Finally, National Assistance. As the House will recall, substantial improvements were made last year in the standard of provision for those on assistance. The National Assistance Board has been informed of the Government's proposals in respect of National Insurance. In the light of them, and of the fact that the increased pensions and benefits to be provided will have to be taken into account in calculating the need for supplementation, the Board has submitted proposals for certain increases in the scale rates of National Assistance to take effect at the same time. These proposals, which the Government have accepted, are for increases of 3s. 6d. per week for the single householder and 5s. for the married couple, with appropriate increases in the other rates. I have today laid the necessary draft regulations, with an explanatory memorandum by the National Assistance Board.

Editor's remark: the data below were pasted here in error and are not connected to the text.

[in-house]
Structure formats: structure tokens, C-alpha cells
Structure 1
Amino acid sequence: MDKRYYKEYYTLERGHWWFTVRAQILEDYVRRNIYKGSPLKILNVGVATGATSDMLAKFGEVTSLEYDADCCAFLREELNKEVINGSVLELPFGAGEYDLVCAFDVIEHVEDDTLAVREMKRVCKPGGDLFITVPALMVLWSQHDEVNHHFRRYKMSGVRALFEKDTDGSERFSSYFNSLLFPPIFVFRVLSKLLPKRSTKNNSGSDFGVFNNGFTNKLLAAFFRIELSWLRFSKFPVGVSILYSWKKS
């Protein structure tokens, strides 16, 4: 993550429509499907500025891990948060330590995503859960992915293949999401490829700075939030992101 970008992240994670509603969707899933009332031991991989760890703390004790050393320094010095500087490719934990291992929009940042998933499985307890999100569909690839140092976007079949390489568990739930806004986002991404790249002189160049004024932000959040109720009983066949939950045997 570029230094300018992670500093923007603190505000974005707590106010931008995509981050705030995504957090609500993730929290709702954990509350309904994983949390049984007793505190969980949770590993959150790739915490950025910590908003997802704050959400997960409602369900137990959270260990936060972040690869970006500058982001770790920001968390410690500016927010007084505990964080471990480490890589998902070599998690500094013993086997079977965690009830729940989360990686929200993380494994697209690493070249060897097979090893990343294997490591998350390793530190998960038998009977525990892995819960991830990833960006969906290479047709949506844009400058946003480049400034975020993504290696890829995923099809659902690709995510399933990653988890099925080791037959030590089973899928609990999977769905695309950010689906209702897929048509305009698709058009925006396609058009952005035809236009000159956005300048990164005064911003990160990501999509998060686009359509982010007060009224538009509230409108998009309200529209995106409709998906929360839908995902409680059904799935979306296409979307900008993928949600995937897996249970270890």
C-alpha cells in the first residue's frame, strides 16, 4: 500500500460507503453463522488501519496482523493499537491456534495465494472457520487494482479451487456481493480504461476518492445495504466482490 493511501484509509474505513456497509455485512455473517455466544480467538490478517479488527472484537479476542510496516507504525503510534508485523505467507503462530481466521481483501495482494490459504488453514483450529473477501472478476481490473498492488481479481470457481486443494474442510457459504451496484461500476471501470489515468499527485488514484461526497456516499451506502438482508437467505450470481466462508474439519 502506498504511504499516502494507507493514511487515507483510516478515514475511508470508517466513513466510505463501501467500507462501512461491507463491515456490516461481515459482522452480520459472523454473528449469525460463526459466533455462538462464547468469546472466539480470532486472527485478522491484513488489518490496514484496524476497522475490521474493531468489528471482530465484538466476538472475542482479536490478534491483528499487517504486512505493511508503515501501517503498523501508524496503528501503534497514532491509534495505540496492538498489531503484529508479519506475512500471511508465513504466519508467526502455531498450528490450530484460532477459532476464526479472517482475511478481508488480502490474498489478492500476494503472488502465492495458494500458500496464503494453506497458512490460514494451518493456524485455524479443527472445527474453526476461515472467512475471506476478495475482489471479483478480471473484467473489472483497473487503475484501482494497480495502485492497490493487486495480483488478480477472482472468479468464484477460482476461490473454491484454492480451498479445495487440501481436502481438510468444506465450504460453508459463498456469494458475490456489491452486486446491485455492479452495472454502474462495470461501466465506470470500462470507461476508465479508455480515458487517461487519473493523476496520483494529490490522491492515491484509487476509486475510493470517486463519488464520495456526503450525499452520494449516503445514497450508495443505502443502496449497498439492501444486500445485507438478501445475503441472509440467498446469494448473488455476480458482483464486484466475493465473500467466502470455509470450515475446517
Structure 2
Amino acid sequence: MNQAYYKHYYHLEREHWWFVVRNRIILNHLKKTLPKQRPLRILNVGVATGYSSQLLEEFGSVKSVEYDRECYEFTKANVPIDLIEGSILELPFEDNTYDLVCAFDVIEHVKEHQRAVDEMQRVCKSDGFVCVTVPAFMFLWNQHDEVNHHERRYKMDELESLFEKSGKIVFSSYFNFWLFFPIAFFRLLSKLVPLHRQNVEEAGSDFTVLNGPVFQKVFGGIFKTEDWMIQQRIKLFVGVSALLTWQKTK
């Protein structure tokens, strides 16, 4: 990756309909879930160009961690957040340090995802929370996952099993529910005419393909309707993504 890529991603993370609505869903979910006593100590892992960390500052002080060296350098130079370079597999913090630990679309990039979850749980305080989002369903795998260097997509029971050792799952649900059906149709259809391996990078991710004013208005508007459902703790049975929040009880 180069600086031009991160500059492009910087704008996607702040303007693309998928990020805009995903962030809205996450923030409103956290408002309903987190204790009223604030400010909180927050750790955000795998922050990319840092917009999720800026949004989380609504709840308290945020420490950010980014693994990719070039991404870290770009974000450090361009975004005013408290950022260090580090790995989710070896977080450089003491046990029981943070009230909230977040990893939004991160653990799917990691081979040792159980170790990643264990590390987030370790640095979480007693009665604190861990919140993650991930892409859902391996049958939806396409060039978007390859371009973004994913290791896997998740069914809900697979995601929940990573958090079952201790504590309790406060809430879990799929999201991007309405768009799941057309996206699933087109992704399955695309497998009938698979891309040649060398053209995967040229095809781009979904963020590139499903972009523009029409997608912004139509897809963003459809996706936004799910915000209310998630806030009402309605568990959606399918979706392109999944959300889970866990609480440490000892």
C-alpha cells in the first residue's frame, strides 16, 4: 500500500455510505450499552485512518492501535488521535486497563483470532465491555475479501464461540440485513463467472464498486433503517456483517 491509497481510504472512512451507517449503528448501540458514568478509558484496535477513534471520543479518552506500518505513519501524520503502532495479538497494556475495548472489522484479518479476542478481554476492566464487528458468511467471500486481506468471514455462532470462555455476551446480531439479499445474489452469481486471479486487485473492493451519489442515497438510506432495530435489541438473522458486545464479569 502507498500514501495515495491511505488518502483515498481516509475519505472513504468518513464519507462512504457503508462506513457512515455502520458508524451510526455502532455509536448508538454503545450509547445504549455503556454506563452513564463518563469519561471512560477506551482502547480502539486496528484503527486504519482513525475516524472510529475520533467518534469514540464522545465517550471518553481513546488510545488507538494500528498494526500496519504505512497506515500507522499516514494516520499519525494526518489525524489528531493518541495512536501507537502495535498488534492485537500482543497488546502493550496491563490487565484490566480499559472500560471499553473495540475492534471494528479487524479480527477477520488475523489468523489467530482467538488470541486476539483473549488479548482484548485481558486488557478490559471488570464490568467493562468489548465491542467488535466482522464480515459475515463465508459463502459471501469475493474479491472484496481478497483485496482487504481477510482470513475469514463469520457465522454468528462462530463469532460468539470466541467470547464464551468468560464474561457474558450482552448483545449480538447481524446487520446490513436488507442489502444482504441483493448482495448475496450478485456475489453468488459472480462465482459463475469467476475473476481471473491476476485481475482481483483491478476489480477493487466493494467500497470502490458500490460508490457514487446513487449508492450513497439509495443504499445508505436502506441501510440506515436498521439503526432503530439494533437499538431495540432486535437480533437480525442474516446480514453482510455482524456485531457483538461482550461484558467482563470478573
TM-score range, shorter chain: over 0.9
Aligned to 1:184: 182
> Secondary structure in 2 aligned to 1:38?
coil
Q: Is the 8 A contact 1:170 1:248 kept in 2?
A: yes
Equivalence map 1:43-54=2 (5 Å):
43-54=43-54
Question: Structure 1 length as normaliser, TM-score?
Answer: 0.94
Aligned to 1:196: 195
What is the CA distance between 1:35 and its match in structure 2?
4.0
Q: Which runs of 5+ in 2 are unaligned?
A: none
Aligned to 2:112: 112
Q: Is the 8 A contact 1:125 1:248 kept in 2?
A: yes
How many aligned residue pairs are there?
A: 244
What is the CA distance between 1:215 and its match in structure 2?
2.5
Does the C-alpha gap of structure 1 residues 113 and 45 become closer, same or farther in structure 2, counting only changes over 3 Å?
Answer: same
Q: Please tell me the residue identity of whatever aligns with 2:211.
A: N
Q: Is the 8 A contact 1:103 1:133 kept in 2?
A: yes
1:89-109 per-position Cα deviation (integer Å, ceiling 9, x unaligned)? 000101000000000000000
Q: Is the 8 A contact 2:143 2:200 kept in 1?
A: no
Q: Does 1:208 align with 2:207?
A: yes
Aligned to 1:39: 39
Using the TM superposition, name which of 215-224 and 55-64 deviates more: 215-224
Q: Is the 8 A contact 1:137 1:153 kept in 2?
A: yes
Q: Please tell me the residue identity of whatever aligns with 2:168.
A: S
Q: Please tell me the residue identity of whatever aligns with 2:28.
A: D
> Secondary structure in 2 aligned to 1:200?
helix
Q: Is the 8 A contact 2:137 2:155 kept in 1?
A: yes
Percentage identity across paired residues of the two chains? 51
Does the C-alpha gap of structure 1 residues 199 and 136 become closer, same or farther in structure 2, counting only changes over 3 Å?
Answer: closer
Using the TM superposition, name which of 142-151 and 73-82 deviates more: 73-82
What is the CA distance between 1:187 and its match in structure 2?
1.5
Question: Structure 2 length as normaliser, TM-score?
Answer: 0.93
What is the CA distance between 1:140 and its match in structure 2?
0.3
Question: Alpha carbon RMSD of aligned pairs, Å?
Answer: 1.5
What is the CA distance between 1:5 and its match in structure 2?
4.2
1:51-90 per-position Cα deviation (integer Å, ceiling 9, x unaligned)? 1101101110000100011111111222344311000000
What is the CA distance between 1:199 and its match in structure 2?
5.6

The House will remember that the improvements in benefits which came into operation in 1958 raised them in real terms to higher levels than ever previously attained. So far as National Assistance is concerned, this improvement in standard was taken a stage further by the increases put into effect just over a year ago. Thanks to the high degree of stability of prices in recent years, these levels have in large measure been held. These further changes constitute, therefore, a marked improvement in the standard of those receiving these benefits. This implements the policy of the Government that they should share in the rising standards of the nation.

Mr. Houghton

While, on these benches, the general tenor of the Minister's announcement will be welcomed, the adequacy of these proposals will need to be closely considered and argued in debate. My first reaction is that they are not enough. The share which the Government propose to give the poorest people in the community of the rising standard of living of the nation is not high enough, and we Shall come to that later.